Is there a link between violent video games and bullying? According to one Oklahoma State Representative, the answer to this question is "yes," and in an effort to address the issue he has introduced a new bill to the state legislator that, if passed, would introduce a 1 percent tax on all violent video games.
The state tax would be added to all video games that have a rating of Teen, Mature, or Adult Only by the Entertainment Software Rating Board. Games that would be labeled "violent" under this umbrella would include Skyrim, Star Wars: The Old Republic, Zumba Fitness 2, Rock Band 3, and Dance Central 2. The money collected would be donated to the state's Childhood Outdoor Education Revolving Fund to fight obesity and the Bullying Prevention Revolving Fund.
“Violent video games contribute to some of our societal problems like obesity and bullying, but because they raise a lot of revenue, they can also provide part of the solution,” William Fourkiller, the State Representative who introduced the bill, told Oklahoma City’s KFOR. Fourkiller also cited an incident where a car thief admitted to having played Grand Theft Auto before committing the crime.
The debate about whether there is a direct correlation between violent video games and youth violence is nothing new, and a columnist at Time.com points out that this particular bill "singles out video games and ignores other forms of entertainment, from television to movies and books to music."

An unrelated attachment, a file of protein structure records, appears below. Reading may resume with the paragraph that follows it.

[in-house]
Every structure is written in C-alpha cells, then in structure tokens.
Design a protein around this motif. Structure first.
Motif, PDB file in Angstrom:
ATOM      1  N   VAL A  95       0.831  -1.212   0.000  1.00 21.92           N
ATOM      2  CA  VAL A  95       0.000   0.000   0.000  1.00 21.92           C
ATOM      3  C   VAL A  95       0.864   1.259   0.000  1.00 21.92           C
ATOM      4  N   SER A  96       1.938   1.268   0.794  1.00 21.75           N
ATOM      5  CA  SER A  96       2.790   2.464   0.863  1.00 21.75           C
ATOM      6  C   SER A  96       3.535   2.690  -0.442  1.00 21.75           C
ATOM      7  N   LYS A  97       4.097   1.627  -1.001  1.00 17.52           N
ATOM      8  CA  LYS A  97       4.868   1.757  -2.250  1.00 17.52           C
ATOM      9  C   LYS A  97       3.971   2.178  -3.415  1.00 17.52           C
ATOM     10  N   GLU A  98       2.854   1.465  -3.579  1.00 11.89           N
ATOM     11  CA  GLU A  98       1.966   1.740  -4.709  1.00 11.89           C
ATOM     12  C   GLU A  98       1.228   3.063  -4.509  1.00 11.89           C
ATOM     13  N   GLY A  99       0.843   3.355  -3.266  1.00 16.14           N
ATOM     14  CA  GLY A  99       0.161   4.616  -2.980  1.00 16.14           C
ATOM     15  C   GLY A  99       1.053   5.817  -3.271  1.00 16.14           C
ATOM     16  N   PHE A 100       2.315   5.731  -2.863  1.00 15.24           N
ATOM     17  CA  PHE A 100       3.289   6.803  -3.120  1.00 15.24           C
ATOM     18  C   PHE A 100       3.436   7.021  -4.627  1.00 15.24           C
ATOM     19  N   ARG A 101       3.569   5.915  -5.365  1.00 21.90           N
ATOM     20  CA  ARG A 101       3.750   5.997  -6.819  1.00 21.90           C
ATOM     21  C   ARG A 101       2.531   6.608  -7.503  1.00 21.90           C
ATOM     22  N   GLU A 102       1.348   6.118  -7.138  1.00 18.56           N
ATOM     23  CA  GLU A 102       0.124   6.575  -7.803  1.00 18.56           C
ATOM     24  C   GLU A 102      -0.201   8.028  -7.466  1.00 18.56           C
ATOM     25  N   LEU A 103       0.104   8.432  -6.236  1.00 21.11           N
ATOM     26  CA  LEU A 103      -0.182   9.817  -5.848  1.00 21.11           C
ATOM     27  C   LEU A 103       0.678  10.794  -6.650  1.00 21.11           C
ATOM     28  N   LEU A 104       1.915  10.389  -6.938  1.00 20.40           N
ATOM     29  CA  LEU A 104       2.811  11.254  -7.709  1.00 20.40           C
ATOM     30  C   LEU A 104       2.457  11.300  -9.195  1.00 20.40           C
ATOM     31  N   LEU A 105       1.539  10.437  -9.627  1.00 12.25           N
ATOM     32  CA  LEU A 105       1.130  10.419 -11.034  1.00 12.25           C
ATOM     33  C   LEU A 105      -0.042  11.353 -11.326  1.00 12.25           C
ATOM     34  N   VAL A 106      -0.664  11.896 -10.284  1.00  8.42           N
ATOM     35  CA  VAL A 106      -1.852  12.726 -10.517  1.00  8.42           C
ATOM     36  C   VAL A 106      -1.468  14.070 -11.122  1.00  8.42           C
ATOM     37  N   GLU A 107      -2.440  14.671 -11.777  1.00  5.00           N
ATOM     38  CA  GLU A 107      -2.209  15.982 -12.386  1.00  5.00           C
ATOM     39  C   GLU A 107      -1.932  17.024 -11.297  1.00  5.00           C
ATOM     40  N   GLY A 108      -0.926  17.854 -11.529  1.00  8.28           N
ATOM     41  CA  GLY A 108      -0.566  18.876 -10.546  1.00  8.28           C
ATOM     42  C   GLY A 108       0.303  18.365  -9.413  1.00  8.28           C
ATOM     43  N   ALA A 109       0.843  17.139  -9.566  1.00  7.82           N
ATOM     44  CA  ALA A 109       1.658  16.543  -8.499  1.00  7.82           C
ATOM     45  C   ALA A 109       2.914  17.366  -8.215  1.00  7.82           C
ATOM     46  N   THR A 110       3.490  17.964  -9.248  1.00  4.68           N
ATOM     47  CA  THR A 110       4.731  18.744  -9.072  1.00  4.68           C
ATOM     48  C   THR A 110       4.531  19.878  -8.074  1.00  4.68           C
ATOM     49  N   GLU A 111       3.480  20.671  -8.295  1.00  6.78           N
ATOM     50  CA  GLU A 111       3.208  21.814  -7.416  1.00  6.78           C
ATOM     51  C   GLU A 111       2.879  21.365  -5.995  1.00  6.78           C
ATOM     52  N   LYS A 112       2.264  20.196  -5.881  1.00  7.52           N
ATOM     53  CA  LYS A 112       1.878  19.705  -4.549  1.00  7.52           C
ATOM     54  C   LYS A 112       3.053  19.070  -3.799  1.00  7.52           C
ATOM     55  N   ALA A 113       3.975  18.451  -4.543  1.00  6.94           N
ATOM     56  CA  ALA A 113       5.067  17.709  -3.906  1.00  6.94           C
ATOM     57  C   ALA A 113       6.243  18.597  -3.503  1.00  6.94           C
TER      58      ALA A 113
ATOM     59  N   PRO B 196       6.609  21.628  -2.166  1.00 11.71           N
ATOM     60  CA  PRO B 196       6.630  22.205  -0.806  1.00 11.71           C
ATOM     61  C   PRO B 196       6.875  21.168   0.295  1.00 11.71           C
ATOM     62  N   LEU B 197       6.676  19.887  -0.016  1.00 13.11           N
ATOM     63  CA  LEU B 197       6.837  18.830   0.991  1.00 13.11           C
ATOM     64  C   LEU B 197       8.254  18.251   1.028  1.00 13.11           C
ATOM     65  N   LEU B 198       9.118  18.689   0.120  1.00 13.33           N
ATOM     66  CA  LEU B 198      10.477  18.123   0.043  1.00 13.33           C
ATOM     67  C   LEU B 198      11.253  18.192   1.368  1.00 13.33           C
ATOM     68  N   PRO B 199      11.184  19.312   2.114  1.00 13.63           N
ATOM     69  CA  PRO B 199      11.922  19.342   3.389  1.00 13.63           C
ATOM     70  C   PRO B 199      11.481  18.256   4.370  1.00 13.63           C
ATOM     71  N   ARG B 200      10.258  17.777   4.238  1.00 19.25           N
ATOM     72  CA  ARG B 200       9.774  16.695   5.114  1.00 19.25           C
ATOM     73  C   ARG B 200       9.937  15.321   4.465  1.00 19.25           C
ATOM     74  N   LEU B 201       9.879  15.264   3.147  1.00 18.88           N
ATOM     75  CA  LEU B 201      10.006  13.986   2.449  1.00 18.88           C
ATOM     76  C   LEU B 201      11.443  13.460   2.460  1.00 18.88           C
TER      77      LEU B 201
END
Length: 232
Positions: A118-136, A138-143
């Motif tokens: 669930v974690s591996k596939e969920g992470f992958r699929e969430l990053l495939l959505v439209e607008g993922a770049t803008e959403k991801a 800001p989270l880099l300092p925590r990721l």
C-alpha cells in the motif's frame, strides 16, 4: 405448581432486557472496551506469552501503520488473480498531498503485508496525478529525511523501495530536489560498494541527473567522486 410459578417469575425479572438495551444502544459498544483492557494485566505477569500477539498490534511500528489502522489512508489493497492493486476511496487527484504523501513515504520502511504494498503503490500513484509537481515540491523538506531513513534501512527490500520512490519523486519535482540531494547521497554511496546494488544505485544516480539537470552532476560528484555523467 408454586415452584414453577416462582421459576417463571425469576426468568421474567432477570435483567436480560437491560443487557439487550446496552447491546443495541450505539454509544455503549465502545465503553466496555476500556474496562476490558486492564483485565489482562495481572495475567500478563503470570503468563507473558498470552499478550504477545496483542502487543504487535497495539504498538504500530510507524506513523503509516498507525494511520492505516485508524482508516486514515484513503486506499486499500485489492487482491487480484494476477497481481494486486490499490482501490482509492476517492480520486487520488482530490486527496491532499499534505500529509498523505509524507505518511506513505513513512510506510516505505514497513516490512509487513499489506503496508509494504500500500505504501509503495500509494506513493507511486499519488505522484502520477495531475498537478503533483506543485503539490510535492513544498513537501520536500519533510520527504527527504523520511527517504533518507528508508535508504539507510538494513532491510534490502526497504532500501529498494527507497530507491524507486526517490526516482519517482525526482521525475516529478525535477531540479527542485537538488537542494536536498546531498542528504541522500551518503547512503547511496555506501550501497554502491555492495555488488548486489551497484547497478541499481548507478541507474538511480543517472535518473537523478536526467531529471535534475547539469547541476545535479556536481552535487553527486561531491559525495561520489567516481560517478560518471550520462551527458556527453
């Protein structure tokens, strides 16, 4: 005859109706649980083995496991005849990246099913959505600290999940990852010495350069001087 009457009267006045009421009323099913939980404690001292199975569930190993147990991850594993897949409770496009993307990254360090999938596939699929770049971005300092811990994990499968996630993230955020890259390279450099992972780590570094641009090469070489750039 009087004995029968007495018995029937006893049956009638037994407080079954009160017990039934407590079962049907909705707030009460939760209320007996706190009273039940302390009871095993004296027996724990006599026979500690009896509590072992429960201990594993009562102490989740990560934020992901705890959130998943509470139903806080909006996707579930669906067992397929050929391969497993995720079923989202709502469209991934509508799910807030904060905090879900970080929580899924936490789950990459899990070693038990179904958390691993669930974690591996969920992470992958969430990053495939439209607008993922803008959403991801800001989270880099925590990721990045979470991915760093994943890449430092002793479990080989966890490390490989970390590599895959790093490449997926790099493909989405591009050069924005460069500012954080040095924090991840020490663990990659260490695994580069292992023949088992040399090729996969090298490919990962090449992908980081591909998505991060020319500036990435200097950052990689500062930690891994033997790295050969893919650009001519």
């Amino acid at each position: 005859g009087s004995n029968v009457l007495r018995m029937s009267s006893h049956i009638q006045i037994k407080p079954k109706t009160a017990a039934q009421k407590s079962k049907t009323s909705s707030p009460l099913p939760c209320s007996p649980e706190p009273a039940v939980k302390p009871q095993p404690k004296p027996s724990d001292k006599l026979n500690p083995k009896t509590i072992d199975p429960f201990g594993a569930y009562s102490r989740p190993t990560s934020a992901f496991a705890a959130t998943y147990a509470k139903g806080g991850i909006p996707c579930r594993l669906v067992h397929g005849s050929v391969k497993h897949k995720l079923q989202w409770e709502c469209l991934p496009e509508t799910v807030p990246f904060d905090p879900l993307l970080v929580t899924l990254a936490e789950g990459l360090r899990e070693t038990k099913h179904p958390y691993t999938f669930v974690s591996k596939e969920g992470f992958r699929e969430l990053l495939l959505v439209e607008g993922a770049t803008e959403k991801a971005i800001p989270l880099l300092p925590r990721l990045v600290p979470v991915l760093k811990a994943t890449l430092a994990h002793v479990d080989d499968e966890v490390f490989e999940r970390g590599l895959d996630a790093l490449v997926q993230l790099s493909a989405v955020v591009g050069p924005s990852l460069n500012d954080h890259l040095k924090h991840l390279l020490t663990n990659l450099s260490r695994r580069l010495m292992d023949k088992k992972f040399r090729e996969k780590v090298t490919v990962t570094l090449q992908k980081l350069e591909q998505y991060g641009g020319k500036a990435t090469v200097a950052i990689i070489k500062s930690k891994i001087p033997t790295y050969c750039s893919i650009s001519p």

But could there be statistical evidence to support Fourkiller's bill? In a video interview covered on The Huffington Post in November 2011, researcher Dr. Lawrence Kutner discussed a study he conducted which surveyed approximately 1250 seventh and eighth grade students in multiple states to find out what video games they play, why they play, where they play, and with whom they play. He used these as markers for which kids were more likely to have common behavioral problems, like being a bully or being bullied.
According to Kutner's findings, teens who were attracted to these violent video games did tend to have more problems in school. However, he suggested the reason could be simply that if you are attracted to violence in real life, you will also be attracted to violent video games. He noted that violence in schools has gone down dramatically in the U.S. over the past 20 years.
MIT Professor Henry Jenkins in his essay "Eight Myths About Video Games Debunked" also states that that the population that serves time for violent crimes typically consumes less media -- which includes playing video games -- before being arrested than the average person in the general population.